Willmar City Council learns more about broadband project


— The

Willmar City Council

during a work session last week received more information about the open-access


network the city is planning to install throughout the city.

The project is now being called the Connect Willmar Initiative, according to Marlena Pfeiffer, principal consultant with

Hometown Fiber.

The city is partnering with Hometown Fiber to build and manage the network in the city. A fiber-optic network will be installed throughout the city on which multiple service providers can operate, giving residents and businesses a choice in their internet service providers.

"Tonight is really meant to be an informative meeting for the council to ask questions of us — our consultants and our staff — to get a better understanding and get more comfortable with this project," said City Operations Director Kyle Box, noting there would be four primary areas of discussion — the

preliminary survey results,

a proposal for continued outreach and education, financing for the project and a draft contract with Hometown Fiber.

"Overall, the city staff is making progress on this project and are committed to ensuring the responsible, successful project for Willmar," Box told the council during the Jan. 22 work session.

The city has been

conducting a survey

since Dec. 18, 2023, to gauge the community's interest and readiness for a project of this sort in the city. As of Jan. 12 when the preliminary results were tabulated, approximately 10% of the households and businesses in Willmar had responded to the survey, according to Pfeiffer.

In order to get a "healthy sample of the community," the goal is to have a response rate of at least 15%, she said.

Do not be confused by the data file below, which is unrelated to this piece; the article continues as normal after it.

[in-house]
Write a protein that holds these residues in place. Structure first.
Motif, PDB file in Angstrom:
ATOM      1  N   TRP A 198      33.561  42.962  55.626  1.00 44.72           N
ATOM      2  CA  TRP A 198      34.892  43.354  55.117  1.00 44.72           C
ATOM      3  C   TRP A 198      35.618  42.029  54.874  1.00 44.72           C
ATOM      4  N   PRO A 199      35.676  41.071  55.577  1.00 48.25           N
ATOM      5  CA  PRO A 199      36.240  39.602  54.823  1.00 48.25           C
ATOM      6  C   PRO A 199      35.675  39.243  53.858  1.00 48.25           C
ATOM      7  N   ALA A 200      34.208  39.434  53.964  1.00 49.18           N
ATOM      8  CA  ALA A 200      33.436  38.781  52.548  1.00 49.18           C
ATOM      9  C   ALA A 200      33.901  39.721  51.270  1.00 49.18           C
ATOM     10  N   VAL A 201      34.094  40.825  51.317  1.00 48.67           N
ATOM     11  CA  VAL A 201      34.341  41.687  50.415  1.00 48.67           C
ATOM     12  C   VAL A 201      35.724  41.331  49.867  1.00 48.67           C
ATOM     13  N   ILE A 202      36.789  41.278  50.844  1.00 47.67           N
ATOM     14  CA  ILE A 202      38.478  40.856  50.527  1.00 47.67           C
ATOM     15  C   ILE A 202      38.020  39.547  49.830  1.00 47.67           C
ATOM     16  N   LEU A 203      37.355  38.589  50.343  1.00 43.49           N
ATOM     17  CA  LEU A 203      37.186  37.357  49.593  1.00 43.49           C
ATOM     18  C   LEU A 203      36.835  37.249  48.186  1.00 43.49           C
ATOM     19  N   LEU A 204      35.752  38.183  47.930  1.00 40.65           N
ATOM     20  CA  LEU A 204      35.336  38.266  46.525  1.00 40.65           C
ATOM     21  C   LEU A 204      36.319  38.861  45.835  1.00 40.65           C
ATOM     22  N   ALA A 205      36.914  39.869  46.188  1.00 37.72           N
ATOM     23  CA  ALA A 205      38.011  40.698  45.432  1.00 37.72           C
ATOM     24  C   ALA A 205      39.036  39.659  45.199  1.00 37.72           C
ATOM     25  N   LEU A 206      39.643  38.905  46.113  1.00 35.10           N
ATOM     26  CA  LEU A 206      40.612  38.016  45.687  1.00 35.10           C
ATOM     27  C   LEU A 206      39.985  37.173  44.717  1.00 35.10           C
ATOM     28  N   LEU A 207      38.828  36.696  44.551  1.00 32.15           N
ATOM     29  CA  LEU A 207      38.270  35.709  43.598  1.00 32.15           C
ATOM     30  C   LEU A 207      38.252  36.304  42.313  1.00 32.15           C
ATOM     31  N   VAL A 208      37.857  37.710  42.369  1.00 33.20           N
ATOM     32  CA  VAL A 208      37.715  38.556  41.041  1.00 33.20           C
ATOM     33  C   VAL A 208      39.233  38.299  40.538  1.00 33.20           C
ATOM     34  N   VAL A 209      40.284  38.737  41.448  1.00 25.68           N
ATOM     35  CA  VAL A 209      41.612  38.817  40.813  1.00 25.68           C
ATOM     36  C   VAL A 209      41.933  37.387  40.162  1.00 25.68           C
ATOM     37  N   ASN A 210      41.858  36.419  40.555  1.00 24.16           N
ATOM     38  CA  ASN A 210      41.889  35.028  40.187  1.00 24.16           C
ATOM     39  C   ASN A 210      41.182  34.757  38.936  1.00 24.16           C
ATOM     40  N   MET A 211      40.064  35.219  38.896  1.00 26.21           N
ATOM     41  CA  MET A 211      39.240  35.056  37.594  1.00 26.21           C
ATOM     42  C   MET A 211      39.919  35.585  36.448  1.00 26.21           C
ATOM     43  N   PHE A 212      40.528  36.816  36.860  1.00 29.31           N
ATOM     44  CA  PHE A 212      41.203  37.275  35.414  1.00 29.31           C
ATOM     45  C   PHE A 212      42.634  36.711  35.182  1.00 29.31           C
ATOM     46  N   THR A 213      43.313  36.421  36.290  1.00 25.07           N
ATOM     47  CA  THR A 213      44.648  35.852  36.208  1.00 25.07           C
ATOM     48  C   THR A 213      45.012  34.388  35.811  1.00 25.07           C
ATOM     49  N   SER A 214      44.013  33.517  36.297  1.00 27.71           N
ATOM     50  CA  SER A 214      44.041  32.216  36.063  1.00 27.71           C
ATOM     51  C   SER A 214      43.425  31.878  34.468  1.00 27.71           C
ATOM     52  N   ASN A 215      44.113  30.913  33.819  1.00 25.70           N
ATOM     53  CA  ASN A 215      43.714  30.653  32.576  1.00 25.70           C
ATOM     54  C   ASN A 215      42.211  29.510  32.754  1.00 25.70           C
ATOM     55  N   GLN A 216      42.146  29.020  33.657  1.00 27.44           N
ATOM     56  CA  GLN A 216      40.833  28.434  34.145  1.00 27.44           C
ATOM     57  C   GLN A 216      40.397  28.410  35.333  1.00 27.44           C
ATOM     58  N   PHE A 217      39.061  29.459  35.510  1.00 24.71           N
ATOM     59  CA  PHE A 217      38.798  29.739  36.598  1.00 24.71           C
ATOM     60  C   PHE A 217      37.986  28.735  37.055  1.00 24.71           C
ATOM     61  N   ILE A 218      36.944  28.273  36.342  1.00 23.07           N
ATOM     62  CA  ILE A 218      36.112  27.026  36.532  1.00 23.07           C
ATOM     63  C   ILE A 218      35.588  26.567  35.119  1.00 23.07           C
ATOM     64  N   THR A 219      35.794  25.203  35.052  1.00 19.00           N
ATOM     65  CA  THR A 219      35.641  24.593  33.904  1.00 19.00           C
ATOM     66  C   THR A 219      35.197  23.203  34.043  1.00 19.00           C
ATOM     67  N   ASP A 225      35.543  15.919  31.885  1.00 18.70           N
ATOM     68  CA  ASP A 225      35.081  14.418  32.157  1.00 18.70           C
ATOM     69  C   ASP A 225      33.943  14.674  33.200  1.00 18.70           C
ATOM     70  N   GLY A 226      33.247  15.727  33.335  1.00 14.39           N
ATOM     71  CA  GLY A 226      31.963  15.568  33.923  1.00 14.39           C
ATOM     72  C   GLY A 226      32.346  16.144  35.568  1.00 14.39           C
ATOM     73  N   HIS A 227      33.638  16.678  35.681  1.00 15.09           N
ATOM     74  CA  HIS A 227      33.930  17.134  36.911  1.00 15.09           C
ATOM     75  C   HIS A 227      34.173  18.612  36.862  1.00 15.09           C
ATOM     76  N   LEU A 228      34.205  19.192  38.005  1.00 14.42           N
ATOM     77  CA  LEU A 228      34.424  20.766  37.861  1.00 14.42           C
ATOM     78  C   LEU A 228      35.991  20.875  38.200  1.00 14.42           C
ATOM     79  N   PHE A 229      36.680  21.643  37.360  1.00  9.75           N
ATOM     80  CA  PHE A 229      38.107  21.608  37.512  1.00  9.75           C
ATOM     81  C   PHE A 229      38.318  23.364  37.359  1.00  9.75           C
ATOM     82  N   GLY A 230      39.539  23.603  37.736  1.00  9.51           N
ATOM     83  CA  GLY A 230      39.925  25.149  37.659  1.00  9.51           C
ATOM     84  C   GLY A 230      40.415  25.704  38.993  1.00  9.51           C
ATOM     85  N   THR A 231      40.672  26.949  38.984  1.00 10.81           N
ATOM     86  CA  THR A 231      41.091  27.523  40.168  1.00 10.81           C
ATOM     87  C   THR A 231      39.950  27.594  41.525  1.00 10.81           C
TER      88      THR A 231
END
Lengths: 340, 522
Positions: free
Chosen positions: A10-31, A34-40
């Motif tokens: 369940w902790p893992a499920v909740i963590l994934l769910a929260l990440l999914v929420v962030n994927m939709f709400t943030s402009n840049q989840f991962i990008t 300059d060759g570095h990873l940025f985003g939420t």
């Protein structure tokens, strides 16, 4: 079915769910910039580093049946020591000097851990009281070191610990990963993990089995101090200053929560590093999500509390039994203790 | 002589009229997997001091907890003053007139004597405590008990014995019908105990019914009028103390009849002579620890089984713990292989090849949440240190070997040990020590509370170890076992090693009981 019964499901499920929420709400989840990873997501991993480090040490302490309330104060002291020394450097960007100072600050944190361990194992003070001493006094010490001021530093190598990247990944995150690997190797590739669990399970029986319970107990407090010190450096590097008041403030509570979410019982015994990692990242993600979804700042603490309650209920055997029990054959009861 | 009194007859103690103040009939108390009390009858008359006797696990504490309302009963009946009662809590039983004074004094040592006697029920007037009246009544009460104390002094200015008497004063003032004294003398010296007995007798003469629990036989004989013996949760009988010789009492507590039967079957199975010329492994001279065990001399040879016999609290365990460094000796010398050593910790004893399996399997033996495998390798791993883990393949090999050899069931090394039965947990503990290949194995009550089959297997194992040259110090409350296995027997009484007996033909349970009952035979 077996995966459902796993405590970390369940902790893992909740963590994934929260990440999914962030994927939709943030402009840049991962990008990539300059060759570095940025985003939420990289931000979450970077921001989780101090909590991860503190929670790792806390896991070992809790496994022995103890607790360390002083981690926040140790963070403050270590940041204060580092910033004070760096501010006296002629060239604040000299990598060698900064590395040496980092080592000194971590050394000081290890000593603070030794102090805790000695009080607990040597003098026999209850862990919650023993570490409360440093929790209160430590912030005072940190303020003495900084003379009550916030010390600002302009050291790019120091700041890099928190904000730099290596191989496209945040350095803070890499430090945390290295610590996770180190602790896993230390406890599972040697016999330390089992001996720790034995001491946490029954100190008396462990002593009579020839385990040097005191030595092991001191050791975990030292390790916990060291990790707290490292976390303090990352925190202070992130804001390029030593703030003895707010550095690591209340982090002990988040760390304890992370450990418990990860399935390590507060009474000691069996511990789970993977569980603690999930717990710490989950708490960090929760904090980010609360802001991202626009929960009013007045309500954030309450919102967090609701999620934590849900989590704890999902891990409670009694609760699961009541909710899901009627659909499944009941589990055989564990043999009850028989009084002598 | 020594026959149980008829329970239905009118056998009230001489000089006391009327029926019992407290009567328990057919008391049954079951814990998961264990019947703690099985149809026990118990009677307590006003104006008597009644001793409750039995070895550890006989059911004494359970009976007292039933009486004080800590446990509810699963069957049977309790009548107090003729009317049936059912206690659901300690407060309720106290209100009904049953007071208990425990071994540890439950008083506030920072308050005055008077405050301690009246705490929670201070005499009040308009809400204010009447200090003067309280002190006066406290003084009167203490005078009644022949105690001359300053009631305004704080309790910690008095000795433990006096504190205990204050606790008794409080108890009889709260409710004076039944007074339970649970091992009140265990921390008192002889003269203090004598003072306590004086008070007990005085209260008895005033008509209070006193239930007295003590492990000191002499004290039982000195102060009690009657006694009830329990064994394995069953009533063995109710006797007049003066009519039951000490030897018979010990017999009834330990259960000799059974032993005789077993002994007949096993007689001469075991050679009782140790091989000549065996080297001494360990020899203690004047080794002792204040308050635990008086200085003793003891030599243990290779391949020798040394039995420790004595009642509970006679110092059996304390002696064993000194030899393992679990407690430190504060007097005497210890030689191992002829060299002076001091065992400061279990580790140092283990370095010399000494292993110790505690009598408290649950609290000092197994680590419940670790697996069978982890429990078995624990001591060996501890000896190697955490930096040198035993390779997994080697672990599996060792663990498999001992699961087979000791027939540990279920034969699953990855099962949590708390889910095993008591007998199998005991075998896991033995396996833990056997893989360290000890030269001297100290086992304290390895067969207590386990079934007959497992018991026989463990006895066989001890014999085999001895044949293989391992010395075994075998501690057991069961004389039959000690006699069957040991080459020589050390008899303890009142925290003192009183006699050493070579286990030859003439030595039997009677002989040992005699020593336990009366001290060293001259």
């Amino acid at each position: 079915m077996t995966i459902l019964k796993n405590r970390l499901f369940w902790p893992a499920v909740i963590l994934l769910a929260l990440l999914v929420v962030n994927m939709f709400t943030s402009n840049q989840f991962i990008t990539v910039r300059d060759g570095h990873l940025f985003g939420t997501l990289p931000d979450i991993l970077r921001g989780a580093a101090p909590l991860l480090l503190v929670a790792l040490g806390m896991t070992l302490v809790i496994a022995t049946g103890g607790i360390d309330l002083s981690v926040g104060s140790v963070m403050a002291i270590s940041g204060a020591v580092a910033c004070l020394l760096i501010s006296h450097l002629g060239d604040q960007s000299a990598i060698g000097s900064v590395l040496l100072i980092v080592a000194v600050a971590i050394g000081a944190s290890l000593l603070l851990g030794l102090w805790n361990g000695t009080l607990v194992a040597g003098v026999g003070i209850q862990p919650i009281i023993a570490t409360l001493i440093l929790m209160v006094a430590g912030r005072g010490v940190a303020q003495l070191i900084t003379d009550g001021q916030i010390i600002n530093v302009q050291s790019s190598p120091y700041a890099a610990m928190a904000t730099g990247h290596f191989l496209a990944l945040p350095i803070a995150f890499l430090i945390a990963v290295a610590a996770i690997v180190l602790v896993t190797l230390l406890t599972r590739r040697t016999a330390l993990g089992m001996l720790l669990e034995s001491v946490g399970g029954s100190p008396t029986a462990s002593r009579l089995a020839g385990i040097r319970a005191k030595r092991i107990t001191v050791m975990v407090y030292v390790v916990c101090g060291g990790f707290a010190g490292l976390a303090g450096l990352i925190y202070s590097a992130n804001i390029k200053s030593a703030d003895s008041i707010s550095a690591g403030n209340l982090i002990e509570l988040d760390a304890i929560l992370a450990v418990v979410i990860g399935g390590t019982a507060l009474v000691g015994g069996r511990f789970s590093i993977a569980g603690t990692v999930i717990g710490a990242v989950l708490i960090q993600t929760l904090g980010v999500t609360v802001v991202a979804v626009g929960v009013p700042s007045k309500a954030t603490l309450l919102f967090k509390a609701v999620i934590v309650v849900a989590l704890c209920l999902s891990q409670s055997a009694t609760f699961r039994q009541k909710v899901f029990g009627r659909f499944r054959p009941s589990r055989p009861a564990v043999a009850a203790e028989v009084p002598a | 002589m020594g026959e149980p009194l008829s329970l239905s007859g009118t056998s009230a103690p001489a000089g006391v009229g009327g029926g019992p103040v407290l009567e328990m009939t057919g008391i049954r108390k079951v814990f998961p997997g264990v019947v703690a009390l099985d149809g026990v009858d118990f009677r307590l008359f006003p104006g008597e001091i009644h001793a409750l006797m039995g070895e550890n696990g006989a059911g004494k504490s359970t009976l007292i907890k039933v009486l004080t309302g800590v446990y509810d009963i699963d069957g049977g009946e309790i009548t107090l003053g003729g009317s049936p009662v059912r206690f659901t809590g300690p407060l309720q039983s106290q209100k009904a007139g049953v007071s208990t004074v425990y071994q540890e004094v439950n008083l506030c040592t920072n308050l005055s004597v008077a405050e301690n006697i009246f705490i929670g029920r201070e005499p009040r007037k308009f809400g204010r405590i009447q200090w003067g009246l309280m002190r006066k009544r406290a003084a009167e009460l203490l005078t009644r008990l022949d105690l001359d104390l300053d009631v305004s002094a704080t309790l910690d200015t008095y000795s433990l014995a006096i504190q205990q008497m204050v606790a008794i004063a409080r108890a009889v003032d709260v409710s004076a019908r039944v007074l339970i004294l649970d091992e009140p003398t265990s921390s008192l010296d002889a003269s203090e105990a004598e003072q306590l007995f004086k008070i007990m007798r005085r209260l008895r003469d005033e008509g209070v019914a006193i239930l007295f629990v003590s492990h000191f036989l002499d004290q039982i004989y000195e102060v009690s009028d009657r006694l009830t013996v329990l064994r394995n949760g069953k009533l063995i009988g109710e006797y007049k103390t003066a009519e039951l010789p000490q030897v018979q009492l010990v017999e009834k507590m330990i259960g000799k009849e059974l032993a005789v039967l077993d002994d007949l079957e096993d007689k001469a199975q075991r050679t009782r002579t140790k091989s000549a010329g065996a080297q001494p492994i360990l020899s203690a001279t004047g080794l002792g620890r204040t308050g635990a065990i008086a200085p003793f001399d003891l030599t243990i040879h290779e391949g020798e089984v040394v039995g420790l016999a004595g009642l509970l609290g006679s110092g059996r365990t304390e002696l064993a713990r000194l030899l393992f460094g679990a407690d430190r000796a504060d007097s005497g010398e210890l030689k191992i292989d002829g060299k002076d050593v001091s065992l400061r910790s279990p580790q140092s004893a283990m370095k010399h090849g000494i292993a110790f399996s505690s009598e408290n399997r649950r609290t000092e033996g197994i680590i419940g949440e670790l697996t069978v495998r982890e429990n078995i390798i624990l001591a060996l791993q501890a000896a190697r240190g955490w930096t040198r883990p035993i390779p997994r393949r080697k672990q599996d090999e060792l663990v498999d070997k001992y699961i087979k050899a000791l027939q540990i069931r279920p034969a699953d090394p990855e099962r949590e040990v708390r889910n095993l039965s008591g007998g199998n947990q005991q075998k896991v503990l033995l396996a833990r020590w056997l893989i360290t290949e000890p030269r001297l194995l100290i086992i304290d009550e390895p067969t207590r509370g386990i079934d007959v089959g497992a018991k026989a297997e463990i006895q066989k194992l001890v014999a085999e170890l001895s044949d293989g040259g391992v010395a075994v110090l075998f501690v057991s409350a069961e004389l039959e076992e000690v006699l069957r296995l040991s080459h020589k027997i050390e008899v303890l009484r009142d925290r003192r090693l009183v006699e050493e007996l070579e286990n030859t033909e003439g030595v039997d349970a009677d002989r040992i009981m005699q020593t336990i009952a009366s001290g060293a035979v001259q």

"In order to get there, we are going to need some personal engagement with the community," Pfeifer told the council, noting the city is planning different ways for community members to become further educated about the project.

Preliminary survey results show that 73% of the respondents strongly agree that fast, reliable internet service is as important as any other utility provided by municipalities, and 78% of respondents strongly agree that affordable, reliable, fast internet is important for Willmar's future.

Access to fast, reliable and affordable internet service will improve their quality of life, according to 78% of the respondents, and 47% of respondents agree that it will improve their earning potential.

The majority of the respondents, approximately 85%, use Spectrum for their internet services. Average download speed reported by respondents was 200-500 megabytes per second and the majority of the respondents are paying $80 to $100 per month for their internet service.

When asked if they were ready to switch internet service, 43% of respondents said they will sign up no matter what, 51% would switch if it is faster, 52% would switch if more reliable and 78% would switch if less expensive. Only 9% of respondents stated that their current internet service was fine.

Kyle Moorhead, president of

Hometown Fiber

, noted that the open-access fiber network that Willmar will be installing has the ability to meet the future needs for speed and reliability.

"The technology that we had 10 years ago was fine for that era, but it would be woefully underserviced today," Moorhead said. "When we put this infrastructure together, one of the aspects that we are looking for is speed and the ability to easily and affordably upgrade it as needed."

He noted that people are paying about five times more for speeds of one gigabit per second and 10 times more for two gigabytes per second.